Newspaper Archive of
The Malakoff News
Malakoff, Texas
Lyft
January 4, 1935     The Malakoff News
PAGE 2     (2 of 6 available)        PREVIOUS     NEXT      Full Size Image
 
PAGE 2     (2 of 6 available)        PREVIOUS     NEXT      Full Size Image
January 4, 1935
 

Newspaper Archive of The Malakoff News produced by SmallTownPapers, Inc.
Website © 2018. All content copyrighted. Copyright Information.     Terms Of Use.     Request Content Removal.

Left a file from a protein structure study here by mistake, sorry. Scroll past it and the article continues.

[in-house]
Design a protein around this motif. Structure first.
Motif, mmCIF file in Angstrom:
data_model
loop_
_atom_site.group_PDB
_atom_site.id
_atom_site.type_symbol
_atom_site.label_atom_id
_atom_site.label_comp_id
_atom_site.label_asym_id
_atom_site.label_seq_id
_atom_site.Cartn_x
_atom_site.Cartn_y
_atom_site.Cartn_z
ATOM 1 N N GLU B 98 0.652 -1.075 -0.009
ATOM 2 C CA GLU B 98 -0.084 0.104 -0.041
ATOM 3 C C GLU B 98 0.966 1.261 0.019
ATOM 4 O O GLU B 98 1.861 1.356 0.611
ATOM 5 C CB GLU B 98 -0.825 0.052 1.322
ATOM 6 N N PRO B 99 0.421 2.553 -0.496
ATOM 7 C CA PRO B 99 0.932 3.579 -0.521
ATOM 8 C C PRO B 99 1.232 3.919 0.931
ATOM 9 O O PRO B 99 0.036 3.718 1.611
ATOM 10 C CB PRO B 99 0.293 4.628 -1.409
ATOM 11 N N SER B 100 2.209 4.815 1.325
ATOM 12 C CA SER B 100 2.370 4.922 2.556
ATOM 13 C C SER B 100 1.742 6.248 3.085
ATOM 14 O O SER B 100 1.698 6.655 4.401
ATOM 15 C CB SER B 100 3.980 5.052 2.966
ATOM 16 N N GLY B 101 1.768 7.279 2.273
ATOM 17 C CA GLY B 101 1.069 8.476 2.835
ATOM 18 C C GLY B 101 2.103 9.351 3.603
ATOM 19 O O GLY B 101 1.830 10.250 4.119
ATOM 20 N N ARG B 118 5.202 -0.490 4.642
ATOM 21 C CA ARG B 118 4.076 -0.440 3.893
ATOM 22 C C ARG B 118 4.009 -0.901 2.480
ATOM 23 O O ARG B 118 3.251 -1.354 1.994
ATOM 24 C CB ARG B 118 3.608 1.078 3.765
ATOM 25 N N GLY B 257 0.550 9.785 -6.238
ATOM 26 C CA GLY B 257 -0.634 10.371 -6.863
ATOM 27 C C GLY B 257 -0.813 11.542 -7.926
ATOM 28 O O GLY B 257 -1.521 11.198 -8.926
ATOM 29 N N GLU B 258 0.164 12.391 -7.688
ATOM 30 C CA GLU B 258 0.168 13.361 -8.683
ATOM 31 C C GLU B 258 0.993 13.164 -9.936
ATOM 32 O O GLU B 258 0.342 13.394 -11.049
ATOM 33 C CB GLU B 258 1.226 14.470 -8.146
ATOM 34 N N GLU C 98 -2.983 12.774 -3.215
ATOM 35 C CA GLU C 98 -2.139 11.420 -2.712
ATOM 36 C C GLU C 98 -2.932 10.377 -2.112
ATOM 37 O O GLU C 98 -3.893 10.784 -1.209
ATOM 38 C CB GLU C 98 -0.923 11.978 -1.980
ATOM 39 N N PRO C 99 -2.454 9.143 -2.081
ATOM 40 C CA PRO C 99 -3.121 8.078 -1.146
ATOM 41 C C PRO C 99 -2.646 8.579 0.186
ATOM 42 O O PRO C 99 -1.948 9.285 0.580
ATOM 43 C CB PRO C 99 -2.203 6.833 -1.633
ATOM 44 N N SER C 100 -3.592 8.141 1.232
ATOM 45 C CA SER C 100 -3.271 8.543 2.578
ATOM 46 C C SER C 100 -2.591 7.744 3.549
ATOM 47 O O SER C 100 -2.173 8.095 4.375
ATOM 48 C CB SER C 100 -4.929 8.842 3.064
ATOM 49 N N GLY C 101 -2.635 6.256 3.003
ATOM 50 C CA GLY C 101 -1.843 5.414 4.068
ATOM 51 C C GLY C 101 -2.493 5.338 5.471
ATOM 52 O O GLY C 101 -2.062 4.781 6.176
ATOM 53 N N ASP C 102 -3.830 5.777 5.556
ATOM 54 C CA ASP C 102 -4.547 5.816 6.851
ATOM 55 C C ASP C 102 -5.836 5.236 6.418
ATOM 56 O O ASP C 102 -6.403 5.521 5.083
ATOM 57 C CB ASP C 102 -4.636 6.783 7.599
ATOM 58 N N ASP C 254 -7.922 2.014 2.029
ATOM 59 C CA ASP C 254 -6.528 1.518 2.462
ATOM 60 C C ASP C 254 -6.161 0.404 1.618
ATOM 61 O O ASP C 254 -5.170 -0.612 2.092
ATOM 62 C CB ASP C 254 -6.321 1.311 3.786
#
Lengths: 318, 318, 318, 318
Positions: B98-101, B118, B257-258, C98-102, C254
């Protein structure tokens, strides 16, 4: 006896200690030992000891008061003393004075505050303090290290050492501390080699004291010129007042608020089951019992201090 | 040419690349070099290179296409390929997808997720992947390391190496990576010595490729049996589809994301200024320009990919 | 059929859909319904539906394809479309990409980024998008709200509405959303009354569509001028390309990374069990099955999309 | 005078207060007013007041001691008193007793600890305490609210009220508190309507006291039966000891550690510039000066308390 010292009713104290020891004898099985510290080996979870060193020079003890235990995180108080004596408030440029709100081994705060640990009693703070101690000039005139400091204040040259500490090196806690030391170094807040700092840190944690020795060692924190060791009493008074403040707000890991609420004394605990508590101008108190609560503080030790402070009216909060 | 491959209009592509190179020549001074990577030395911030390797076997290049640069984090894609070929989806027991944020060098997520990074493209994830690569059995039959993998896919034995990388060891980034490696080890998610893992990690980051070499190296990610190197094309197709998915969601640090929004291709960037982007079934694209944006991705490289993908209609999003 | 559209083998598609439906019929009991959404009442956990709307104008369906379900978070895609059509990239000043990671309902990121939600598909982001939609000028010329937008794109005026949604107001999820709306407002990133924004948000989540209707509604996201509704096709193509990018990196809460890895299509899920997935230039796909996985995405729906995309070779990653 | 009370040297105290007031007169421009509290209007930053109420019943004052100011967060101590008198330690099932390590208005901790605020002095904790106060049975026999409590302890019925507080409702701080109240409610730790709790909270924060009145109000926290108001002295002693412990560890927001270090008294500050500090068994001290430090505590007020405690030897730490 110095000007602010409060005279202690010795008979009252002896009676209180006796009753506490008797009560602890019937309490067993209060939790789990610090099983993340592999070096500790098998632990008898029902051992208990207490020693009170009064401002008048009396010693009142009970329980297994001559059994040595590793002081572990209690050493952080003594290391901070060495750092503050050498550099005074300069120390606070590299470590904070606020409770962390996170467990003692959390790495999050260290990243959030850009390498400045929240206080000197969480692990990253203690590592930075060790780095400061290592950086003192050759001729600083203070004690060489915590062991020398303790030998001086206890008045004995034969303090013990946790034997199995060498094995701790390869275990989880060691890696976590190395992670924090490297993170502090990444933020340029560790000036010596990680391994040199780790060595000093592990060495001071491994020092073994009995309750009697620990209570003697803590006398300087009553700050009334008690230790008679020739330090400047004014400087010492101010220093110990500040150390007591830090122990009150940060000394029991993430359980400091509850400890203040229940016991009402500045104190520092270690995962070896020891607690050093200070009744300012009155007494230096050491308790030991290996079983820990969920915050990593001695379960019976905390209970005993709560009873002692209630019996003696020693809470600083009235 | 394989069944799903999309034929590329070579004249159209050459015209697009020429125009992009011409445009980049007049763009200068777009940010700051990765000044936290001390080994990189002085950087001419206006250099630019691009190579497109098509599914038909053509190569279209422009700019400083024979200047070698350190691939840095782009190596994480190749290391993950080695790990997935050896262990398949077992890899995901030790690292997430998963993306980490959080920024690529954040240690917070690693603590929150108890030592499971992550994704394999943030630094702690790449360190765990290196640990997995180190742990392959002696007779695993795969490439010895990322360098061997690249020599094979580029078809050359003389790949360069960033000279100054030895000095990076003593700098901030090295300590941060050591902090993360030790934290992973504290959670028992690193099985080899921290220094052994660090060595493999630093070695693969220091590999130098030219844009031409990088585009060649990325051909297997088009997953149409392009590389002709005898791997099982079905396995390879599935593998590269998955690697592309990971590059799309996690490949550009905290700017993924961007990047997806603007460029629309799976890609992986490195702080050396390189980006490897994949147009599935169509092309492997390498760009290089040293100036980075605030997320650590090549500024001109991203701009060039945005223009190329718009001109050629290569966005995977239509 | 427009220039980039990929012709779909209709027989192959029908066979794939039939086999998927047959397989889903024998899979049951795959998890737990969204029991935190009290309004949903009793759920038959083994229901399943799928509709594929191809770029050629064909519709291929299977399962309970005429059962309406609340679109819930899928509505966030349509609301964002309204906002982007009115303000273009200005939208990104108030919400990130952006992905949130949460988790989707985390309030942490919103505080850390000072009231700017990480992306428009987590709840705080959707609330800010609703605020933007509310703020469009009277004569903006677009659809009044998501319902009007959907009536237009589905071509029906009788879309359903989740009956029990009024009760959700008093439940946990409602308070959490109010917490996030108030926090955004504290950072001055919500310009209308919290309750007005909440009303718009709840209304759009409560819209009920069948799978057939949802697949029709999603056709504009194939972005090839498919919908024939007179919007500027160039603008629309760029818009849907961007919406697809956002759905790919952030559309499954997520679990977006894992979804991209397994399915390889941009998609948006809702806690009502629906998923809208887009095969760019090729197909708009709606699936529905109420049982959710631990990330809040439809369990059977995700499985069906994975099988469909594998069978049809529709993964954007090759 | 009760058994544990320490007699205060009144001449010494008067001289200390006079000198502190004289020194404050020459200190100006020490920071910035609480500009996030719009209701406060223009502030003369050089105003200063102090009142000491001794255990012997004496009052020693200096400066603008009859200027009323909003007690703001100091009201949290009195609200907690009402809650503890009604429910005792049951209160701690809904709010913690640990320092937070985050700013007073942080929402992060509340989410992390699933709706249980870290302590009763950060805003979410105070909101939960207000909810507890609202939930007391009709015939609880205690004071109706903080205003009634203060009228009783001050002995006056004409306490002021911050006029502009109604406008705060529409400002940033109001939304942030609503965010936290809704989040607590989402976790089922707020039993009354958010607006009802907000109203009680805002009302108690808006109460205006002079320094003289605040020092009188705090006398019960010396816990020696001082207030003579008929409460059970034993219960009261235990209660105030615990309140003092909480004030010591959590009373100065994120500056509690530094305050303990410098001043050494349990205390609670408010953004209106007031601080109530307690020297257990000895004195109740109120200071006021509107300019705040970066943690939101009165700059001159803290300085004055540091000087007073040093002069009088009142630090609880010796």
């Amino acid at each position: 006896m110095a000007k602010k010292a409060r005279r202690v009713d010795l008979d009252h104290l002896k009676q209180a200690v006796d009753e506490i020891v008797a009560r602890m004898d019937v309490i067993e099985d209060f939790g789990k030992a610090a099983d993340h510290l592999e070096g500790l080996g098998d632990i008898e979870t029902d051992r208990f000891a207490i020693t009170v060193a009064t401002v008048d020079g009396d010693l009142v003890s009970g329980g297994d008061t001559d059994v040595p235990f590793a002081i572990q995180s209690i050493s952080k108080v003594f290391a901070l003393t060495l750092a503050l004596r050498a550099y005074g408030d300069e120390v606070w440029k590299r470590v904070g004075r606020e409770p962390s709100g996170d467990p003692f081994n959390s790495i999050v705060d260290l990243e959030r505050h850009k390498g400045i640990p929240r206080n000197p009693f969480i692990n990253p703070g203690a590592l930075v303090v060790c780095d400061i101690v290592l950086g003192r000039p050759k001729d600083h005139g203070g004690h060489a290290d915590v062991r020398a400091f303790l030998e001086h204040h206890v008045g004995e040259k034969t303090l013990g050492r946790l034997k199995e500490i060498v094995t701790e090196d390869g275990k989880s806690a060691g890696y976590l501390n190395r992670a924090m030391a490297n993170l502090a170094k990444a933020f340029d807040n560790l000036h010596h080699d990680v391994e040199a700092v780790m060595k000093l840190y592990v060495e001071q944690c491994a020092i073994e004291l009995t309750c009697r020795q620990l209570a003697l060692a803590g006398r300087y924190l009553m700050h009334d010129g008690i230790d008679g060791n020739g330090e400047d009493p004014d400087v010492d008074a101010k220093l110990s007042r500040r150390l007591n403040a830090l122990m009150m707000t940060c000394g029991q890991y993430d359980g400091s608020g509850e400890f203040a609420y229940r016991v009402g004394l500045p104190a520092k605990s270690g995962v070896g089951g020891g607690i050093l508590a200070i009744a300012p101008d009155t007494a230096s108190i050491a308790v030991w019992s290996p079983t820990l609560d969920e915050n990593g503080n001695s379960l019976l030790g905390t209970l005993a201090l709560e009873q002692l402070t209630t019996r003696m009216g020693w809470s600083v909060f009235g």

I~JBLISHED EVERY FRIDAY Entered at the Postoflice at Malakoff second class matter. L. J. SCHOLL~ EDITOR = Subseriut|on Price $1.00 a Year Advertising Rates on request. _~. L J .... Resolutions and Cards of Thanks must be paid Ior at regular rat . = , Ia case of error in advertisement this pauer will not be re- a nsibie for more than the cost of the advertisement, ~ II I I .... ! , ,] II ~ 1934 is now dead and gone and another New Year has turned the provervbial corner. Let us hope that with the old year, our sorrows have likewise passed, and that t h e New Year may bring us joy and a full measure of prosperity .... The mystery of the immaculate dress parade as staged here Saturday by "The Lignite City's" renowned bird dog traine s, is still unexplained .... T. A Bartlett, Jr., still walk- ing on air since the arrival of that bouucing baby boy .... May- nard Fowler, on last Saturday night, lost his foothold and slip- ped from his lofty perch as head of Malakoff's ring of confirmed bachedors, by taking unto him- self a wife. The fact that May- nard had at last gotten into the pathway of a dart from Cupid's Bow, has served as a big surprise to his wide circle of friends ..... An item in this week's Twenty Years Ago column points out that Malakoff was suprised in much the same way just twenty years ago .... The Young Men's Bible Class of the Baptist Church are plaBning to stage a stag hanquet at an early date .... The uncom- pleted g q sim l on the high cho01 campus is beginning to be described as an "eye sore" and a black mark against the school and community. Why not blame the Democratic party? It was during their hold on the nation's affairs, that the money was prom- reed for the buflding's comple. tion .... A new sign board was hung the past week on the awn ing at the front of Payne's Drug! Store .... The appearance of Mab akoff's streets and alleys, follow-! ing the rush of the holiday season points to the great need of an- other "clean-up day". The last time this was done was when the government sought to employ the But, that was be- of the "dole" we must do it our- let's get at it? citizens, with m experience, the event the Dodd Well comes in, Malakoff will have ample occasion to wish for that long needed incorpora. tion .... And say, that would not] be a bad goal for 1935 ....... TheI front end of Thud Stacy's Chev. J foist shows distinctly where he recently bumped into a mule ..... Jett Crawford, a brother.in-law. was cheated out of most of his fun Saturday night, when May- nard discovered too quickly that stolen the marriage license J. L. Brantley, newly minister, per- first marriage ere- here Saturday night. He [were on equal the bride and also. A Modest Request A LOCAL citizen, interested in the uokeep and beautification of the Malakoff cemetery, called at the News office this week with a plea that a request be made of the citizenship to always Close the gates to the cemetery when entering. On numerous recent visits to the cemetery, this citizen has found the gates standing open and stray cows making a pasture of the fenced inclosure. There is an unlimited quantity of shrub- bery, rose bushes, etc. now in the cemetery, that not only cost considerable money, but much time and effort has been expend- ed in their planting and care. These should be protected against stray stock, and it is only fair that all should help to protect the efforts of those who have been thus Interested. Therefore, let us caution those who have been negligent in the matter of keep ing closed the gates that offer entrance to our little City of the Dead If not now, some day you may have a loved one's resting place there that you will want to protect also, L It, end th~ Adver~t~men11, OUR BEHAVIOR By LEONARD A. BARRETT Spinoza, who wrote about 16,50, ex. pressed many profound truths in terse and pithy sen- tences. We quote the following: "Men believe a thing when They behave as if It were true." h later hmerl- c a n philosopher. W I 1 1 ! a m James, voiced the same thought when he coined the phrase "t h e pragmotle test," hy which he meant that the final test of the validity of any statement was the testimony of experience. The way we behave convinces others that we believe what we say. Someone has recently said that one of the most difficult problems in life Is to get a person honestly to believe what he thinks he believes and to act accordingly. In other words, we can never successfully convince an- other of something we do not our- selves helleve, in the circus life. Bar- num may have been right, that the people wanted to he fooled, and lie proposed to fool them. On the other hand. from a much more responsible source, we ltave the thought that while we may fl)ol some of the people some of tim time we cannot fool all the peo- ple all of the time. True! We be- lieve a thing when we behave as if It were true. Nowhere Is the truth of thls saying more fully t|ttested than In the bUsl- hess world. Unless our attitude con- vinces a customer that we believe in the things we offer for sale. we will not get far In closing a contract. Unless the workmanship in tim article proves to he what we claim for it. a return order is not likely to be received. Un. less we ourselves believe what w~ say is true, we shall have a difficult time In convincing others no matter lmw meritorious may be the proposition un- der eonslderatlon. In the realm of character the same law holds true. "What you are speaks so loud I cannot hear what you say." We may believe In those traits of c/mr. acter essential to success, but unless we heltave as we believe, our friends soon lose faith in us and we wonder why. In King Lear we read. "I am Justly killed with mine own treach- erY." ODD THINGS AND NEW--By L. rne Bode slee :: on right side try Adler- ika. One dose brings out poi- sons and relieves gas pressin,_, on heart so you sleep soundly all ni zht --WEI[US Pharmacy, I~, "l I THE GREATER Athens, Texas IIII I I I TODAY! Ransom With Mary Carlisle and Phillips Holmes" Admission 10c and 25c I Saturday, Jan. 5-- BUCK JONES in Serial- "Tailspin Tommy" And Comedy. Saturday Night 10:45 Show and Sunday Matinee The Case of With Warren William and Mary Astor [larl)or, stuilds a philn gra) StOne, "Murk the perfect uian." its inscription exhort~ the reader, "and behold tile up- right." Above the siniple phrasing IS the name ,~I" Angus MacA.~Idll, for this Is the headstone of the Cape Breton gianL It is the" onty memorial to a nlai/ who by his sheer physical stature carried the name of Novu Scotia Into the four qm~rrers of the globe three- quarters of a century atnl more ago. The Perfect Clock '~Vhnt ls the worht's most perfect clock? "/'lie title is being claimed for a crystal clock which has been dls- l)hiye(1 bet(we ilia Nationrll Academy (if Sciences at Washington. It is said to keel) time better than mother earth herself, for, whereas the earth occa- sloimlly loses or gains a second in its rotation, this clock being controlled by tim electric oscllbitlons of a quartz crystal and being quite Independent of the earth's irregularities, cannot go wrong. England's Chancellor of Exchequer The duties of the cliancellor of the exchequer are concerned with the col- lection of revenues and the manage- ment of the flmds accuu|ulated. The chancellor of the exchequer of England holds a position stinilar to the treas- urer of the United States. There is a difference between this and a sects tary of the treasnry who c~wresponds to the director of the finance depart. meat of England. Indian Bible Oldest The first Bible published In America was prhlted In the Indian language aft- er the translation of the missionary John Eliot. It was issued in 1663, more than a century before part of the book was published in English in 177T. A few years later, in 1782, a complete English version was issued in Phlla- delphla.---Pathflnder Magazine. w~ltg Comes From G~rmany The waltz was Introduced from Ger- many into France at the end of the Eighteenth century and into England in 1812.. Here it was at first ridiculed but soon achieved unequaled popu- larity. Come at 9:30 each Saturd ,., night and see two shows for one admission. tl] I I ,i IL ~- Monday and Tuesday Jan 7-Sth The Barretts of Wimp01e With Norma Shearer, Fred- erick March and Charles Laughton I Wednesday, January'9-- Return Of the With Mary Astor, John Hal, liday, Lyle Talbot and Frank McHugh Each Wednesday is 10c day. Every Thursday Night is Bank Night "71 ~i~ ai rnucb .ha holds tl~ bag as I~ ,ho puts hi it." ~ANUARY I---A bountlful New Year to you, Sir and Madam. k~2--Ground isbrokcnforNorth. ~m Pacili try. 1872. ~ 3--Survey ~hows I0 mil~! of paved road in U. S. 1900. (.C ~-~ 4---Ber, z builds f~It succ~u~ gas automobile 1885. ~ .~--Zebuloa M. Pike, =gfldle~. sxplortr, born 1779. ~lx~#.~#7-.First transatlantic tale- ph'ene message 1927. @wltti STOP TH AT ITCHING If you suffer from a skin trouble- such as itch, Eezcma, Athletes Fool Ringworm Totter, or Pimples. we will sell you a ja~ of Black Hawk Ointment on a guarantee i/Prlce 50 --PAYNE'S DRUG STORE Changing Constantinople to the Name Istanbu In 1930 the new repulllic" of Turke began to insist that the official Turk ish name be uSed for the city founde~ in 328 A. D. by Constantine the Great. and to require that mail sent to res~ dents of the city be addressed Instan bul histead of Constantluople. Two years after Constantine found ed the city lie made It the seat of tlw Roman empire In the East and oificlall) liamed it New Rome to Indicate lt,~ political position. But It was popular. ly called Consvantinople to perpetuate the fame of its founder. After the capture of the city in 14"53 by the Turks it became the capital of the Ot- toman empire. Constantinople is really a collection of towns and villages lying on both sides of the Golden Horn and along the Bosporus. There are four general sec- tions, however, consisting of Eyup, ls- tambol (the Greek section south of the Horn on the site of old Byzantium), Galata (the chief business center and seaport on the Horn) and ScutarL Foreigners have always called the entire city Constantinople, while the Turks called it Istamboi, a name which oat~lderi applied to the typically Turk- lsh section, which Is bounded on the west by the Sea of Marmots, on the east by the Golden Horn. and on the mouth by the ancient city walls. The name lstanbul Is the Turkish form of Istambol. It is derived from the Greek and literally means "Into the city."-- Cleveland Plain Dealer. Oratorio and Opera Both Were Started in Italy An oratorio Is a sacred story set to music which, like opera, requires so- loists, chorus and till orchestra for its performance, i)ut dispenses with the theatrical adjuncts of scenery, cos~ tumes and acting. The modern ora- torio and opera both were originated in Italy, about 160(}. says a writer in the Philadelphia Inquirer. and were originally indistinguishable from each other, except that one was sacred and the other secular in subject. However, before 17(#3, particularly In Germany, the oratorio began to be clearly dif- ferentiated from the opera, in the re- linquishment of dramatic action and ~uecessorles. and canle to belong essen- tially to the class of concert music, with more or less of the quatltics of church music. The true oratorto st3"la bus been developed more remarkably In Germany and England rather than France or Italy. The first and ahnost universal sub- Ject for oratorios was the Passion and the greatest music is that of Bach's "Passion According to St. Matthew," wrltlen for service .l~ Good Friday, 1729. In En.~Iand [i~e works of ihiudel tree.t,.~i epics as sulijects for oratorios, Inhabitants of Pitcalrn Island Pltcairn island is a solitary island in the Pacific ocean, between Aus- tralia and South America, in 25 de- grees 3 mhtutes south latitude and ]30 degrees S minutes west longitude. It is about 2 miles long and 1 mile broad. It was discovered by Carteret in 1767. In 1790 It was take~ pos- session of by nine of the mutineers of H. M. S. Bounty with six Tahitian men and a dozen women, the ringlead- er being called G2~ristlan. Of nine British sailors, only one, Adams, was left in 1800, and from him the present Inhabitants are descended. The island was annexed to Britain In 1839. Near. ly 200 of the islanders were transferred to Norfolk island in 1856, hut a number of them afterward returned. t Sho~ From Shark Skins There are 500 kinds of sharks In the world, but the skin from only three speclesare uimd pflnclpall~, to provide leather for making shoes. These ar~ the Arctic. the tropical and the sllk Idmrk, the latter being caught off the Portuguese coast. Shoes made from the Arctic shark have a woolly appear, anee. and are useful on the golf course. Womens' shoes are made from the silk Ihark and one of Its moat popular usel li for handbags. Sharks are caught In large fish-nets about 200 yarchs long, and six yards deep. Bonos May Verify Legend Unearthing of 12 skeletons of un- usually tall men at the spot of Ron* cevales, France, where legend says Roland and hls fearless knights made thelr last stand againsl the Moors In 778, may substantiate the story. His- torians declare the find proves that the traditional French hero really made his gallant fight. The discoveries were made during preparations for the erec- tion of a monument to Roland on the summit of Ibaneta in the Pyrenees. "Pillory" in Church Failure to attend church was pun. lshable in England by Imprisonment at one lime, and at the church of Ashby- de-la-Zouch, Lelcestersitire, there is evidence that people who atIended had to behave themselves, In the ~al- lery is a finger "pillory." Here naughty boys and girls, as well as those who attempted to leave before the serimuL ~vere detained Unfll the end of the service. Damage by Landslides Landslides or'ten cause considerable damage. A record-breaking one oc- curred In the Vale of Goldau, Switzer- land, In 1S06 when Mount I{u~ sud- denly came tumbling down and. within a few minutes, not only killed sev- eral hundred persons but buried five towns and spread huge masses of rock over 2O square in Building A Texas DR. H. In Office ,, Tuesday, Wednesca), ik ,i,-. EACH WEEK J. A. FOWLER, M. D. '" PflYSICIAN and SURfiEON Office in Skiles Building MALAKOFF, TEXAS il EAr BUTTER-KIST BREAD Made in Henderson County ,~eai ~ &dv~m~tL Knowledge Through The Eye! much more important thin ~ Physical eye readinmm is anything else. ,~..M -- - If Your -- Bring 'Em To Us! We are prepared to do any kind of Alterations and Repair Work, with special attention given to Coats, Overcoats and Dresses. A trial will convince you that our work is equally as good aqd oftentimes much cheaper than that of out- of-town tailors. Phone 21 F. E. HARDY, Prop. Malakoff. Texas FIRST--That I will maintain the value of my invest- in my home by keeping it in good repair and well painted. SECOND rh.+ I 'a-,k, ,lcb venience of ms home .,, '- f~ ~">ove., Let us help you keep the above Resolutions. Malakoff, Texas Next to Jai son's Garage We always carry a complete line of Cold Drinks, Candies, Pies, Cakes, Sandwiches, Cigars, Cigarettes and Tobaccos. Paul's is the only place in town where you can get Genuine "Calf" Sandwich We also handle several flavors of-- Velvet Ice (:ream --and serve the "largest helpings" in town. I Bring Your Furs to KirbCs, Malakoff, EVEIY 8ATUIgDAY We pay l ighest priees for O'Pouums, Coons, Mink, Skunlm and Civits. Same prices for green hides. Plenty of Tax for sale, Give us a trial Louis W. Bota I/